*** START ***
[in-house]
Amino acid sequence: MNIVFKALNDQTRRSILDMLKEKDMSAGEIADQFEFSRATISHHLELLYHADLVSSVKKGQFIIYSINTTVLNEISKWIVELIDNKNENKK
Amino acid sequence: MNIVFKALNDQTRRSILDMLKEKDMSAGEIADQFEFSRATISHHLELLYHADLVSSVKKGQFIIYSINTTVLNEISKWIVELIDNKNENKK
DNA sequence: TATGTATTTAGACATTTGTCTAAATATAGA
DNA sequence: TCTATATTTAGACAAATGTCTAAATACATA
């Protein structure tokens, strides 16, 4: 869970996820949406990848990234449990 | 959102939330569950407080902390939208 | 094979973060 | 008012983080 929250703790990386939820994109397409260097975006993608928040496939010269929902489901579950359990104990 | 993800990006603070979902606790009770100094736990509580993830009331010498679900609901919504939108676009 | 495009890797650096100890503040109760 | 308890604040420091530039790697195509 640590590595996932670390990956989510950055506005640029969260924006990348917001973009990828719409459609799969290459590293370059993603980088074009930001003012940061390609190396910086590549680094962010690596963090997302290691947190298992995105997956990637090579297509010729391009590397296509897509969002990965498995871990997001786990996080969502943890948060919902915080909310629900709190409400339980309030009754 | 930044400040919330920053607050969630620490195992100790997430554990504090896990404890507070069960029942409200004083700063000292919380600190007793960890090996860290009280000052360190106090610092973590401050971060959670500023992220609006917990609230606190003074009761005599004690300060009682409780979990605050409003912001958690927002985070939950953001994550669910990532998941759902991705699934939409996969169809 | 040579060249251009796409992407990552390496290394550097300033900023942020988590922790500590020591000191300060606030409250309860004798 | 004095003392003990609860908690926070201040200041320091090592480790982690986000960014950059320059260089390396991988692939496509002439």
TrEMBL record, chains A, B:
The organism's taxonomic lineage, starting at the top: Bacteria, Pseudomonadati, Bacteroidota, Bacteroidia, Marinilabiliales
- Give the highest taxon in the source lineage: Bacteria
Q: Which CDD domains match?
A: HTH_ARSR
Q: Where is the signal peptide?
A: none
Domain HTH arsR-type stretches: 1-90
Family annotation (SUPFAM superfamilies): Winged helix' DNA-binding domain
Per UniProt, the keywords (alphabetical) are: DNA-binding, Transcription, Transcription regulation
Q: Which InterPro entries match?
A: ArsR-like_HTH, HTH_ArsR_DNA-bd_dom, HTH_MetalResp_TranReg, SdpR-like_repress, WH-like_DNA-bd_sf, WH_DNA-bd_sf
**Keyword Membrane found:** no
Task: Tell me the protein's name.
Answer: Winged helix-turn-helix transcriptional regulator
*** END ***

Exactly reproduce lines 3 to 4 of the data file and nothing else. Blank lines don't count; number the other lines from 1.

Amino acid sequence: MNIVFKALNDQTRRSILDMLKEKDMSAGEIADQFEFSRATISHHLELLYHADLVSSVKKGQFIIYSINTTVLNEISKWIVELIDNKNENKK
DNA sequence: TATGTATTTAGACATTTGTCTAAATATAGA